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FIRST DRIVE: Audi's luxury SA-bound Q3

2018-09-26 14:20

Sean Parker

Audi Q3

Image: Audi

Sean Parker traveled to the beautiful North Eastern part of Italy to sample what Audi has in their SUV arsenal: the new Q3. 

The small town of Bolzano looks like a slice of heaven on earth. Houses perched precariously on luscious green mountains gaze down onto the highways. 

This region of Italy also has some stunning roads, most are in great condition and are more twisty than a contortionist on speed.

Those roads might be better suited for sportscars but such is the confidence of Audi that it used for the launch of the Q3. 
Introduced to South Africa in 2012, the Q3 is a luxury compact crossover that in 2018 has more rivals than a premier league football team. 

The second-generation has grown in every way and features the new octagon grille, the new ‘face’ of Audi Q cars. It looks like a mini Q8, Ingolstadt’s new flagship SUV due in Mzansi next year. 

Image gallery: 2018 Audi Q3

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To make the car more practical, the rear bench seat can be moved by 150mm forward and backwards to create a bigger boot area. FYI, the standard boot size is 530 litres. 

While the local engine line-up isn’t confirmed at the time of publishing it seems likely that we’ll receive the 2.0-litre turbocharged powered model, albeit in 132kW form. 

Claimed figures suggest 169kW and 350Nm, but it feels quicker. It’s a punchy powertrain that even revs quite high if driven in the car’s sportiest configuration. The gearbox is a 7-speed dual clutch which felt bulletproof. 

Damn, SUVs drive well these days

The twisty asphalt was the perfect litmus test for the Q3 which felt composed, thanks to the sure-footedness of the all-wheel drive. 

I was most impressed by the light, nimble steering feels and coupled to that with a low driving position the new Q3 has the hallmarks of feeling more hatchback than a crossover. 

It has good straight-line acceleration and the optional paddle-shifts provide a driving experience more akin to GTI than a crossover. 

audi q3

                                                                            Image: Audi

During a second stint of driving it started raining and instead of coming down a few clicks, I pushed the front end more aggressively into the tight corners of the brilliant roads. The result? It felt composed with very little understeer.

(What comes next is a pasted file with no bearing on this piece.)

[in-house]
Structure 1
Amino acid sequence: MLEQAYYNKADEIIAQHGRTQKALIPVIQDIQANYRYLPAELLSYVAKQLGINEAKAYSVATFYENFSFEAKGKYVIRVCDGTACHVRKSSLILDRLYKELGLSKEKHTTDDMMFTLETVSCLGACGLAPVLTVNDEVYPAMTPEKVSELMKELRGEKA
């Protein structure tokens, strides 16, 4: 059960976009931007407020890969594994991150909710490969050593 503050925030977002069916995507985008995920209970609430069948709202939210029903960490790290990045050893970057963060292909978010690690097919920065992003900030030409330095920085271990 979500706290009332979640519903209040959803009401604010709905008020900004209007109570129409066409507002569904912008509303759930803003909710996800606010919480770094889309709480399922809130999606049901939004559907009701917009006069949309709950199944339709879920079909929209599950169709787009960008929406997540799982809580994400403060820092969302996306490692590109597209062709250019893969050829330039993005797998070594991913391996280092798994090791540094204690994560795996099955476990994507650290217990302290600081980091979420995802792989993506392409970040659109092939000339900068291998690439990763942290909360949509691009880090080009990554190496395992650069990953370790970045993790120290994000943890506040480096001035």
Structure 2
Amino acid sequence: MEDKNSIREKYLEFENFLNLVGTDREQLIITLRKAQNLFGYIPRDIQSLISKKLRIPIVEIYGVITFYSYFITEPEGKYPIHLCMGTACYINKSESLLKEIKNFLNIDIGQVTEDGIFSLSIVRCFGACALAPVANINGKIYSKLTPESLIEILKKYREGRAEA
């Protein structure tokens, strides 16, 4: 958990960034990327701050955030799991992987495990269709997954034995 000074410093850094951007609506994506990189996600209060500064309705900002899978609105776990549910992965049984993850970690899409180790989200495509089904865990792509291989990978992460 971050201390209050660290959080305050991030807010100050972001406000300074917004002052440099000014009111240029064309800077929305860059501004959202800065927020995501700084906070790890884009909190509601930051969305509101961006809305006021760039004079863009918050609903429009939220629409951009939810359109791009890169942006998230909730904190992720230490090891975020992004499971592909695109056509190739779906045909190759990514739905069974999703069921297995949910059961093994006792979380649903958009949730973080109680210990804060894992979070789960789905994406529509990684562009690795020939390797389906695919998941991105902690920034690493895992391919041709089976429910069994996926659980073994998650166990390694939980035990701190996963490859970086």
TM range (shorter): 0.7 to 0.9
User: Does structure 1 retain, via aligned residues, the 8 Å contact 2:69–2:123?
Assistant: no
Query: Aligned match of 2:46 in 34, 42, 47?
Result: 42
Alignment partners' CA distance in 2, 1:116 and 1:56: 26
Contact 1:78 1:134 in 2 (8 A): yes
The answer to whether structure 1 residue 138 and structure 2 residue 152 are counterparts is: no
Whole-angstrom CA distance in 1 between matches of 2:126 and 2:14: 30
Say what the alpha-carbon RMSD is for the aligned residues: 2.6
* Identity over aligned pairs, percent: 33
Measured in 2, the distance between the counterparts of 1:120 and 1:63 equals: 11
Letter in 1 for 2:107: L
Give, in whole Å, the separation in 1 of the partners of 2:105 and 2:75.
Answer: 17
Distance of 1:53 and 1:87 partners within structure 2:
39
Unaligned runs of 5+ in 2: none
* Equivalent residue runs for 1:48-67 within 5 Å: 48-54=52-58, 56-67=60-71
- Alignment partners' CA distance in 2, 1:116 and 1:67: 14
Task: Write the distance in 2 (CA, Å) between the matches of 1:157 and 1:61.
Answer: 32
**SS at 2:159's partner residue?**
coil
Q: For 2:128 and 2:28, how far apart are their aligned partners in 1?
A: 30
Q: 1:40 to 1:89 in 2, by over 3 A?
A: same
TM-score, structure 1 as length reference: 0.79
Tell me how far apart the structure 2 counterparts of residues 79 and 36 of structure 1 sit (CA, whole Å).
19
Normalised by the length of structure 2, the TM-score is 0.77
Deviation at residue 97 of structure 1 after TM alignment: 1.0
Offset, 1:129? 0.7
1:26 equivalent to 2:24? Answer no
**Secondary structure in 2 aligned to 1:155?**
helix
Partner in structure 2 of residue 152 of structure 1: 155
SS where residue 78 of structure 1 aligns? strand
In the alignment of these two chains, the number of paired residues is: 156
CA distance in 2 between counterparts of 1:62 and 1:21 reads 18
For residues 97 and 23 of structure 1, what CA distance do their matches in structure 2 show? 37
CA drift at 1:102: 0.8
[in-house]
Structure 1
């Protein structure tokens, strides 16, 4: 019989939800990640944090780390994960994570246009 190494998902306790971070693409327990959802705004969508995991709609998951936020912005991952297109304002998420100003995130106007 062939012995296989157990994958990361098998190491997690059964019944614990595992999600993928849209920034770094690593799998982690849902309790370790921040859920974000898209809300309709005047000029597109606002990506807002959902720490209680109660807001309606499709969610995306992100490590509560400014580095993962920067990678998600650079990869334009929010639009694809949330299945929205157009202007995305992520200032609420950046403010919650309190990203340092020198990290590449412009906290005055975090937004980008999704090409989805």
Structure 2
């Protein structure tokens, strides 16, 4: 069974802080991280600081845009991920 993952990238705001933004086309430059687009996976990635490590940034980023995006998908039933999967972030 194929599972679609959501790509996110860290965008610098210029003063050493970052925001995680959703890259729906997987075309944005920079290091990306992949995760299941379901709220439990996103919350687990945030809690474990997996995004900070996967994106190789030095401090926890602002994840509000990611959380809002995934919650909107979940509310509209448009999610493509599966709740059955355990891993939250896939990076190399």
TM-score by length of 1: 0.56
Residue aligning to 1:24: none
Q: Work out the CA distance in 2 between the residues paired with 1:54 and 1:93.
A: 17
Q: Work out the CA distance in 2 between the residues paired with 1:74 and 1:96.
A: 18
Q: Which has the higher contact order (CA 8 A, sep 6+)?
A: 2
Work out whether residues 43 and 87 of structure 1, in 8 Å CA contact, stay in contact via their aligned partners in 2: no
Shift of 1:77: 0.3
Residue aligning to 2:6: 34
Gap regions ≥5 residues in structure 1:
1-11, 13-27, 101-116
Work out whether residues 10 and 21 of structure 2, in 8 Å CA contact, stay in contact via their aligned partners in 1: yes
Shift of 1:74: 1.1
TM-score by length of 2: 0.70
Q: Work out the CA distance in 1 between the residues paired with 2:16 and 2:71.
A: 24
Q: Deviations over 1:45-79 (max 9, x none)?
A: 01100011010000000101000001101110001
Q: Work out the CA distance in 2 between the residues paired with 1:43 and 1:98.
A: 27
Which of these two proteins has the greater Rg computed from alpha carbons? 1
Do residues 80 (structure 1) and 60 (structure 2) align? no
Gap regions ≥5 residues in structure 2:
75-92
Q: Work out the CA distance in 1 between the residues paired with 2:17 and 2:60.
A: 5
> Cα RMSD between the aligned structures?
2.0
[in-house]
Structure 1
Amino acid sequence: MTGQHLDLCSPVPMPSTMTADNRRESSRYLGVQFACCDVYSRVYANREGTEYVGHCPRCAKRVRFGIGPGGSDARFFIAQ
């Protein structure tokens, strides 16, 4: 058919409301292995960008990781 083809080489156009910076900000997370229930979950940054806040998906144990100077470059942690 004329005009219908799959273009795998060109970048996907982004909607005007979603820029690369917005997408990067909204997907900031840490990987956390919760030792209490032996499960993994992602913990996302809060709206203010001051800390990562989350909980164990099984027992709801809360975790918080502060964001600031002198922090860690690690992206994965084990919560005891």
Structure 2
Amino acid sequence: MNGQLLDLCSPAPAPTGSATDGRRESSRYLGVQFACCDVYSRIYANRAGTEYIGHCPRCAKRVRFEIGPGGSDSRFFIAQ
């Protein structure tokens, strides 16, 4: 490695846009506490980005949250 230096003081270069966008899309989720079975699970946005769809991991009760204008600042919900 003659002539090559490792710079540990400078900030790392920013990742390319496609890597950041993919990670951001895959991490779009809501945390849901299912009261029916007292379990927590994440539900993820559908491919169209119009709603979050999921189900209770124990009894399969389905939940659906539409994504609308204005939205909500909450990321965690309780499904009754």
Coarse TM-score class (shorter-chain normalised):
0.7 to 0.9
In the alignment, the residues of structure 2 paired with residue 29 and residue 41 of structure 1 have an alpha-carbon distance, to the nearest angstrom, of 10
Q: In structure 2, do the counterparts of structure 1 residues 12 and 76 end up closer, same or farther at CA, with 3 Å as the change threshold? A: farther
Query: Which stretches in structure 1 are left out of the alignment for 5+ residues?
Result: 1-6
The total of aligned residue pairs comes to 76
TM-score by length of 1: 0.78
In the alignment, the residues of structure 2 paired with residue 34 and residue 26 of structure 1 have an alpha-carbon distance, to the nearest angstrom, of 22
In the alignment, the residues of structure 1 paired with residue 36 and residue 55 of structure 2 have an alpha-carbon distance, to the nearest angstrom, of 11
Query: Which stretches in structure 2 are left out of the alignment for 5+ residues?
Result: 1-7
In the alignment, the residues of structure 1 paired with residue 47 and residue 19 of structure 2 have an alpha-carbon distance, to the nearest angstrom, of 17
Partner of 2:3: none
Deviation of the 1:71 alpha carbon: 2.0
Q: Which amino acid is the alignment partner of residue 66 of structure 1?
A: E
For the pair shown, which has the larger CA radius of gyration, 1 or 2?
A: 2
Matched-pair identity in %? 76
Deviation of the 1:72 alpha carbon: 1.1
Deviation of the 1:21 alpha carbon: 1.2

The optional adaptive damping, which is most likely to also be offered on models sold in SA, did a good job of ironing out any bumps or ruts the surface threw at it. 

Features such as progressive steering, adaptive damping, drive select, and hill descent control are optional. 

Leaving the best for last

You’ll be hard pressed to find a better interior in any new car. The Q3 now features the automaker’s ‘virtual cockpit’ 31cm screen display which provides visuals of important information in different views including a full map when navigation is selected. 

If you don’t have enough cash to splurge on the virtual cockpit, the standard 25cm touchscreen located on the dashboard offers access to the infotainment settings. There’s inevitably an app for your phone that connects to the car that allows certain vehicle functions to be done from a distance. 

Everything in the front end of the cabin is designed and tilted towards the driver. There has been special attention to things like the door handle and the opening mechanism. The use of materials is excellent, and you’ll find Audi has dipped into the more expensive parts basket for interior trim. A definite win for Q3 drivers.

S Line trimmed cars feature sports seats as standard and you can choose Alcantara surfaces on parts of the dash and seats. Feeling in the mood for a change of colour? Choose from a 30-colour light palette (standard on the design selection trim option). 

When is it coming to SA?

Audi South Africa says we’ll see the new model in the second quarter of 2019. And while the Q3 will clash heads with the BMW X2, Volvo’s XC40, Mercedes-Benz’s GLA, Jaguar’s E-Pace and Lexus’ UX, all those models will have to come with a free moon to match the Q3’s interior. 

Oh, it helps that in 45 TSFI Quattro specification it offers a formidable package in the lux-crossover segment. It's a pity we'll only see it in Mzansi next year. 

Audi SA said: South Africans can expect the arrival of the new Q3 in quarter two next year (2019). The model line is still to be confirmed, but the German automaker is looking at introducing an entry model 1.4 TFSI 110kW engine with a possible 2.0TFSI 132kW and 2.0 TDI 110kW engine as well. 

Pricing is not yet confirmed at this stage.



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Read more on:    audi  |  q3  |  sean parker  |  italy  |  new models

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